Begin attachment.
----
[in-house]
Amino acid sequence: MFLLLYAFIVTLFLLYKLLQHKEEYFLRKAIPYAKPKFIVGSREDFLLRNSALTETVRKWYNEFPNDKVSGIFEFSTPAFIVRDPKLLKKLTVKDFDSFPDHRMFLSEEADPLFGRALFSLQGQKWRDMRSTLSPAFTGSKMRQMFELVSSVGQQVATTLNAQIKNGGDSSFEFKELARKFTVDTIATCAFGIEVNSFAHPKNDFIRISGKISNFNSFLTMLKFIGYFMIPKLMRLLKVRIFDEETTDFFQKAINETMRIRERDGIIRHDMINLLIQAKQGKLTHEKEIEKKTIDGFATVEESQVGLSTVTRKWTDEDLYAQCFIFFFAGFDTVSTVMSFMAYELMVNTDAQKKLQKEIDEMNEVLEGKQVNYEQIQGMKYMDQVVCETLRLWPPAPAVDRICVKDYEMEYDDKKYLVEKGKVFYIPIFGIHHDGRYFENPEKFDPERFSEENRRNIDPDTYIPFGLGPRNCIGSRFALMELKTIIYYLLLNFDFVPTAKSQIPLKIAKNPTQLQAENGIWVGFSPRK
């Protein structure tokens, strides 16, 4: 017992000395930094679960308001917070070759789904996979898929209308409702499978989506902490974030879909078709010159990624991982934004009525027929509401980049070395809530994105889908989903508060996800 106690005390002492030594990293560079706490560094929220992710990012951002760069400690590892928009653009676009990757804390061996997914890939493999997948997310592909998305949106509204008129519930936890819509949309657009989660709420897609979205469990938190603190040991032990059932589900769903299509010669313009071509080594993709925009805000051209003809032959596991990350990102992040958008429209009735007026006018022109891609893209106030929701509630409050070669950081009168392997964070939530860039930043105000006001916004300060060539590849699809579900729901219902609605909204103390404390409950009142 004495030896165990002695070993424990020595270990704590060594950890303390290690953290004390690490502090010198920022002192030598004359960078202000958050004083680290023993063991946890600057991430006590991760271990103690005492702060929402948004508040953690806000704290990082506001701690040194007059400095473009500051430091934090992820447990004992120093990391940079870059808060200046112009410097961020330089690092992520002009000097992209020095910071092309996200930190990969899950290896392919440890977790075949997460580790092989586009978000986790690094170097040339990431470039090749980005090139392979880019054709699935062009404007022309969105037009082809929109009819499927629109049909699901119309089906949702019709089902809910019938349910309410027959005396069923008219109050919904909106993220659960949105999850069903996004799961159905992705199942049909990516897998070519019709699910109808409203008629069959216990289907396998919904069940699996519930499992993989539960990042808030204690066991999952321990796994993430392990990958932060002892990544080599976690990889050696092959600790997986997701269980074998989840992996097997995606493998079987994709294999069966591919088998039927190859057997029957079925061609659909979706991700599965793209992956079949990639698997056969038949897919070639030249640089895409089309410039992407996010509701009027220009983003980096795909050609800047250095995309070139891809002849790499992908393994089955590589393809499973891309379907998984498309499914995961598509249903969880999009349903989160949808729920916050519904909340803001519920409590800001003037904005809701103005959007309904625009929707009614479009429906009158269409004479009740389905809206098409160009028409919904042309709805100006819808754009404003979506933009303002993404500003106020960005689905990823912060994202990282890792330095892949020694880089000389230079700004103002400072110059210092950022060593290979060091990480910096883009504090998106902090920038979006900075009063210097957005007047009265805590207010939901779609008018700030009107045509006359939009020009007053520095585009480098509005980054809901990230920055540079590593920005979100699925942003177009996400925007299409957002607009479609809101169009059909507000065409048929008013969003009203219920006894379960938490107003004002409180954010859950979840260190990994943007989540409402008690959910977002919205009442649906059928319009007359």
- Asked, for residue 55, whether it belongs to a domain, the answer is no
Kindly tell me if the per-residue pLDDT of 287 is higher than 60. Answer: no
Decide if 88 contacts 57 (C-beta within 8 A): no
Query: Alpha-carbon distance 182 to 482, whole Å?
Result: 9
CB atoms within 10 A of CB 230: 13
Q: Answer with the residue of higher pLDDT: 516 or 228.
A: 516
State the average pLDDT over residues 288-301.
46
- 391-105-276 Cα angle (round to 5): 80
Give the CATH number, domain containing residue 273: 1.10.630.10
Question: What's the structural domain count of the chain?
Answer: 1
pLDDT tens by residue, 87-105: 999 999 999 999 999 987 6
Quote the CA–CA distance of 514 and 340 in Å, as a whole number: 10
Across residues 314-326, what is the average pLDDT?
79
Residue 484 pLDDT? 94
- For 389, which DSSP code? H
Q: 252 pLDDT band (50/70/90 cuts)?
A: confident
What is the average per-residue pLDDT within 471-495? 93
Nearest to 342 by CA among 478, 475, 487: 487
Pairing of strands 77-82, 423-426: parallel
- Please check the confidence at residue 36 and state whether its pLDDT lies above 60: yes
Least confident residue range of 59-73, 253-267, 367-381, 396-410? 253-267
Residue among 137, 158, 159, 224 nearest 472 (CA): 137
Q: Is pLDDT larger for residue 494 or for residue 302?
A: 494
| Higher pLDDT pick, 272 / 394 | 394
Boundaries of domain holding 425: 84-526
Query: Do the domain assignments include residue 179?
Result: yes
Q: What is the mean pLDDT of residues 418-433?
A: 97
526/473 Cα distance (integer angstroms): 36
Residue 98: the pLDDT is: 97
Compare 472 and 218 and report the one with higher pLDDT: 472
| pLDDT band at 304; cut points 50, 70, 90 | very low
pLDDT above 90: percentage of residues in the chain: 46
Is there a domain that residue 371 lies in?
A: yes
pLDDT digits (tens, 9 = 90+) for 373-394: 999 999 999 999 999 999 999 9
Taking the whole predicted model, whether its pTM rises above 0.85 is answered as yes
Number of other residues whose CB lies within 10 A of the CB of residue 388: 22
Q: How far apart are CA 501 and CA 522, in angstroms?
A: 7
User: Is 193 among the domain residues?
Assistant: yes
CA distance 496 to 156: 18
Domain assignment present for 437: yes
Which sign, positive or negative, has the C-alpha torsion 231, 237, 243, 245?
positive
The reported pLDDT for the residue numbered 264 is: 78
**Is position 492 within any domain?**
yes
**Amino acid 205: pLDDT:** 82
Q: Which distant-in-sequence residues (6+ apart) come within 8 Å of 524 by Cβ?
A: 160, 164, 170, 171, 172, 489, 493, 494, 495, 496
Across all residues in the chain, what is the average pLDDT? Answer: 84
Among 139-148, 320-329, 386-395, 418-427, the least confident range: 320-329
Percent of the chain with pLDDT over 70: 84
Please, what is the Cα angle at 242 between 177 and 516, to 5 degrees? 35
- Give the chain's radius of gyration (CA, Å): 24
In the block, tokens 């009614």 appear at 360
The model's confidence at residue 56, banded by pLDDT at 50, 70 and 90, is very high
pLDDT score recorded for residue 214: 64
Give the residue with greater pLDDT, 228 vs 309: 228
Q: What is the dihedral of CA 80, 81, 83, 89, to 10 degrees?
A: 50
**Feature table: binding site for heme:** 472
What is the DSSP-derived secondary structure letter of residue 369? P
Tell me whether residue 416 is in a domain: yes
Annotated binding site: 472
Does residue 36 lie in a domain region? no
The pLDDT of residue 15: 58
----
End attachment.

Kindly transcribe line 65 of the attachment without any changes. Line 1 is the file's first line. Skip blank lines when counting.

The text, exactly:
Among 139-148, 320-329, 386-395, 418-427, the least confident range: 320-329